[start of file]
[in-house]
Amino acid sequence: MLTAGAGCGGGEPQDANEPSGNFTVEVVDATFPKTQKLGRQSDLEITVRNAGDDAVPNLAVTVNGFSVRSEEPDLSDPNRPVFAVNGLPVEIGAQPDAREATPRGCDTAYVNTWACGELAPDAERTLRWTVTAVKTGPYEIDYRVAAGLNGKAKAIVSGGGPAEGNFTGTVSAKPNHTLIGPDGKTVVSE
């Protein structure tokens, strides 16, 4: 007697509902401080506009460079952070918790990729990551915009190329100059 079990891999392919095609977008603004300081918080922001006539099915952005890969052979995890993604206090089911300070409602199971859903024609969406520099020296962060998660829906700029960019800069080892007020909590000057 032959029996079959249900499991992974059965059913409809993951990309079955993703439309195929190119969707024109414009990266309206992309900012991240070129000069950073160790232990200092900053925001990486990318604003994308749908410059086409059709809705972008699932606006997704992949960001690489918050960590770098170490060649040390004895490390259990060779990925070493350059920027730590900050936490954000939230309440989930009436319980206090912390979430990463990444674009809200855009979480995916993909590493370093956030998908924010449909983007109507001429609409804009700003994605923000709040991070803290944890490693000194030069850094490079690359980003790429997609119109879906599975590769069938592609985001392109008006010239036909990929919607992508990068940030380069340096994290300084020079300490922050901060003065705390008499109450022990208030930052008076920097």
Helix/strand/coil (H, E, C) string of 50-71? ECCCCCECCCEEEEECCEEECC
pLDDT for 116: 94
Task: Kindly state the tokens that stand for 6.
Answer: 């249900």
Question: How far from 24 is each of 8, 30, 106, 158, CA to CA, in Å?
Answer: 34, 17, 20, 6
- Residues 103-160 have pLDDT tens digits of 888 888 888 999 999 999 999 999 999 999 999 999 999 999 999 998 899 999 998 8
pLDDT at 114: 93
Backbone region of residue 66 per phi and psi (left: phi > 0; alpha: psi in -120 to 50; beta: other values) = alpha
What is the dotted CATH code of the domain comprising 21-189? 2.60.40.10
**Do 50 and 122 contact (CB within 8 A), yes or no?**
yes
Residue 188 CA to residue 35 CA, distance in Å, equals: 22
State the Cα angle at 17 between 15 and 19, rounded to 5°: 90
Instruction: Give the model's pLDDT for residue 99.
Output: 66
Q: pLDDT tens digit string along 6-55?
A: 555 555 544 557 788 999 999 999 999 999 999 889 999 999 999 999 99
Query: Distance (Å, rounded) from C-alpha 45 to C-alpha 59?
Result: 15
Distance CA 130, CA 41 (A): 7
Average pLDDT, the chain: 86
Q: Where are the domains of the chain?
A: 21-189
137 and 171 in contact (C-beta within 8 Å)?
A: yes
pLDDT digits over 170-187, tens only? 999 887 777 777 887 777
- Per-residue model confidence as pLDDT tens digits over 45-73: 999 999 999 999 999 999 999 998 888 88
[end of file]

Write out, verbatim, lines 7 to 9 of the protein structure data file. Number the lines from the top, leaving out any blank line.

Answer: 């249900």
Question: How far from 24 is each of 8, 30, 106, 158, CA to CA, in Å?
Answer: 34, 17, 20, 6